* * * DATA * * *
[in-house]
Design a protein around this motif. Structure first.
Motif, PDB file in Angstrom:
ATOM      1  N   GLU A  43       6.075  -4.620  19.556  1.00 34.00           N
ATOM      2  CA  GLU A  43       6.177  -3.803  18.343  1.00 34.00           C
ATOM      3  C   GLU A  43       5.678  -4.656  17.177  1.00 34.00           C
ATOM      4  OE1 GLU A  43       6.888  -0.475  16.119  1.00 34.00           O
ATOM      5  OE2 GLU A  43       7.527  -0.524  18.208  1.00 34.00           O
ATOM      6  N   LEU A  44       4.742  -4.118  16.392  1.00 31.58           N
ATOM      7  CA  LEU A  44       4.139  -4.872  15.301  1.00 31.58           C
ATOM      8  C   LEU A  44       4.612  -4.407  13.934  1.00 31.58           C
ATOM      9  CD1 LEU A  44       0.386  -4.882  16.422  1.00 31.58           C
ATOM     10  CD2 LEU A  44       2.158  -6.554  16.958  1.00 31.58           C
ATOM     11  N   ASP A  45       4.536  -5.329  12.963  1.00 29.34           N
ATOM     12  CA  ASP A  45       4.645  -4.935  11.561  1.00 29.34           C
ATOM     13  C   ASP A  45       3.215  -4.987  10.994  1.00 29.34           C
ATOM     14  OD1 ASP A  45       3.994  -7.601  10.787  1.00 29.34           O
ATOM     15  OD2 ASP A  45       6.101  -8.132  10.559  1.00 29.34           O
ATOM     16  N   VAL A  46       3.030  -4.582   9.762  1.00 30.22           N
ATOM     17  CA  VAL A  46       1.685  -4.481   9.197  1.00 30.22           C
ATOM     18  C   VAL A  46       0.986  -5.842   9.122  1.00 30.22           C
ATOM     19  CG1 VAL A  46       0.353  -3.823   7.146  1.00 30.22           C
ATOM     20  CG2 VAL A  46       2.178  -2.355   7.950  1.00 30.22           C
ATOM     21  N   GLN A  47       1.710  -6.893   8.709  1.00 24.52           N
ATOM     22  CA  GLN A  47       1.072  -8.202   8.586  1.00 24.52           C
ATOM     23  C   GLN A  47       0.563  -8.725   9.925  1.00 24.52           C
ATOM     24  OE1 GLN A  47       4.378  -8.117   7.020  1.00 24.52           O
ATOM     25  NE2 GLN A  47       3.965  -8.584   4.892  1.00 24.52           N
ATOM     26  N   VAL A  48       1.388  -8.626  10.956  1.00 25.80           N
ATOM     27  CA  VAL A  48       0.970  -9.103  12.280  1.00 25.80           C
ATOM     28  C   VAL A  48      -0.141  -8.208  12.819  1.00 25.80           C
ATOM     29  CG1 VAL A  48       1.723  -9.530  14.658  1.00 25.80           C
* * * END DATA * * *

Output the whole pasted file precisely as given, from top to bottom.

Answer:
[in-house]
Design a protein around this motif. Structure first.
Motif, PDB file in Angstrom:
ATOM      1  N   GLU A  43       6.075  -4.620  19.556  1.00 34.00           N
ATOM      2  CA  GLU A  43       6.177  -3.803  18.343  1.00 34.00           C
ATOM      3  C   GLU A  43       5.678  -4.656  17.177  1.00 34.00           C
ATOM      4  OE1 GLU A  43       6.888  -0.475  16.119  1.00 34.00           O
ATOM      5  OE2 GLU A  43       7.527  -0.524  18.208  1.00 34.00           O
ATOM      6  N   LEU A  44       4.742  -4.118  16.392  1.00 31.58           N
ATOM      7  CA  LEU A  44       4.139  -4.872  15.301  1.00 31.58           C
ATOM      8  C   LEU A  44       4.612  -4.407  13.934  1.00 31.58           C
ATOM      9  CD1 LEU A  44       0.386  -4.882  16.422  1.00 31.58           C
ATOM     10  CD2 LEU A  44       2.158  -6.554  16.958  1.00 31.58           C
ATOM     11  N   ASP A  45       4.536  -5.329  12.963  1.00 29.34           N
ATOM     12  CA  ASP A  45       4.645  -4.935  11.561  1.00 29.34           C
ATOM     13  C   ASP A  45       3.215  -4.987  10.994  1.00 29.34           C
ATOM     14  OD1 ASP A  45       3.994  -7.601  10.787  1.00 29.34           O
ATOM     15  OD2 ASP A  45       6.101  -8.132  10.559  1.00 29.34           O
ATOM     16  N   VAL A  46       3.030  -4.582   9.762  1.00 30.22           N
ATOM     17  CA  VAL A  46       1.685  -4.481   9.197  1.00 30.22           C
ATOM     18  C   VAL A  46       0.986  -5.842   9.122  1.00 30.22           C
ATOM     19  CG1 VAL A  46       0.353  -3.823   7.146  1.00 30.22           C
ATOM     20  CG2 VAL A  46       2.178  -2.355   7.950  1.00 30.22           C
ATOM     21  N   GLN A  47       1.710  -6.893   8.709  1.00 24.52           N
ATOM     22  CA  GLN A  47       1.072  -8.202   8.586  1.00 24.52           C
ATOM     23  C   GLN A  47       0.563  -8.725   9.925  1.00 24.52           C
ATOM     24  OE1 GLN A  47       4.378  -8.117   7.020  1.00 24.52           O
ATOM     25  NE2 GLN A  47       3.965  -8.584   4.892  1.00 24.52           N
ATOM     26  N   VAL A  48       1.388  -8.626  10.956  1.00 25.80           N
ATOM     27  CA  VAL A  48       0.970  -9.103  12.280  1.00 25.80           C
ATOM     28  C   VAL A  48      -0.141  -8.208  12.819  1.00 25.80           C
ATOM     29  CG1 VAL A  48       1.723  -9.530  14.658  1.00 25.80           C